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Young M.A Opens Up About Her Struggle With Femininity: “I Wasn't Happy”

“I was lost. I didn't know what I was trying to do.”

Understanding the link between your appearance and identity—especially as an artist in the spotlight—is rather daunting, but it can also be groundbreaking for struggling fans. In a recent interview with Glamour, New York rapper Young M.A opened up about her struggles with femininity in light of being gay and seeking acceptance from her mother.

“I was a tomboy as a kid,” she foregrounds. “I played football and basketball with the boys. In my mind I wanted to be a little boy. I had one little phase when I was trying to be girly between 15 and 17. I was lost. I didn't know what I was trying to do. I wasn't happy.”

What Young M.A described is the struggle so many queer kids face when their identity doesn’t match the presentation or persona they feel they’re expected to deliver. With that comes a harrowing duality that has you second guessing every minute aspect of your appearance. The concept of performing femininity for acceptance is not exclusive to LGBTQ+ youth but rather a universal pressure that can have dangerous consequences.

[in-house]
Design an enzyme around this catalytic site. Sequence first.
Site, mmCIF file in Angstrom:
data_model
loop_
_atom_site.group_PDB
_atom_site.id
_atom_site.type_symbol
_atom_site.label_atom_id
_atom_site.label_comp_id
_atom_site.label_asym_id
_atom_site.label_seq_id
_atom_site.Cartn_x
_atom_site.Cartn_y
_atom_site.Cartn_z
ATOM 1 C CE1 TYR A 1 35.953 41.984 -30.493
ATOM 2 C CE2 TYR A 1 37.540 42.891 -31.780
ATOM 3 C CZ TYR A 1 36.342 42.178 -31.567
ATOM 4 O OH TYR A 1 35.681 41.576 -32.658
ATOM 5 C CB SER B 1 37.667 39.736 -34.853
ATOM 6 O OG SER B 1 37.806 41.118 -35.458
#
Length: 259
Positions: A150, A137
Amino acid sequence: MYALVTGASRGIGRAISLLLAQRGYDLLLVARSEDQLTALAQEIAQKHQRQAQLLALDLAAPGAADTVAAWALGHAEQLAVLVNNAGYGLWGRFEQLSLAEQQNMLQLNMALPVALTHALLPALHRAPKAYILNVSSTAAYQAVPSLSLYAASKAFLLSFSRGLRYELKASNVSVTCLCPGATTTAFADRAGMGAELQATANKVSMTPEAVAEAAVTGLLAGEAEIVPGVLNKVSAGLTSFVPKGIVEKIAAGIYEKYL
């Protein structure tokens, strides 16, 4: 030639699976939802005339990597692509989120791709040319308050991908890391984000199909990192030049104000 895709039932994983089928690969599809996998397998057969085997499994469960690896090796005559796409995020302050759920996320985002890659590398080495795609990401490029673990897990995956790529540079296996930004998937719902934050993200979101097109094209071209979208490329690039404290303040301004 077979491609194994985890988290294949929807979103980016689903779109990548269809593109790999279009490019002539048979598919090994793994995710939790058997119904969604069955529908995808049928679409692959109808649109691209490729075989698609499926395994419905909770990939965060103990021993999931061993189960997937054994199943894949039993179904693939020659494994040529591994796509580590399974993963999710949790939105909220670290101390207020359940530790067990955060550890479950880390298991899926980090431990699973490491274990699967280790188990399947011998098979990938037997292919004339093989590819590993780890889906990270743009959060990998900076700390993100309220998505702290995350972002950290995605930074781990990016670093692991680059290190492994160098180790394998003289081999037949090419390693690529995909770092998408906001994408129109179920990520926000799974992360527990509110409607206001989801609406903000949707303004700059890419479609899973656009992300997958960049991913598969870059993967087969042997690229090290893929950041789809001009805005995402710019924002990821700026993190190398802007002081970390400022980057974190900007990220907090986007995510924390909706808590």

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“I was a boy all my life growing up, and then I was just like: Maybe this is a phase,” Young M.A continued. “Maybe I should try to be a little more girly, for my mom's sake. I always liked women, and I didn't think my mom accepted me even though she did.”

Throwing on makeup and retooling your wardrobe in a bid for external validation is a harsh reality. In the process of fitting into a box, you crush your true self. Luckily, by sharing her story, Young M.A allows herself to be a light for her queer fans and anyone else struggling to accept themselves and bridge the gap between who they feel they are and who they're expected to be.

“Now I look at beauty as, like I said, being yourself, being happy with you, loving the skin you're in,” Young M.A concluded, reminding us all that it does get better and everyone does have the chance to fall in love with themselves.

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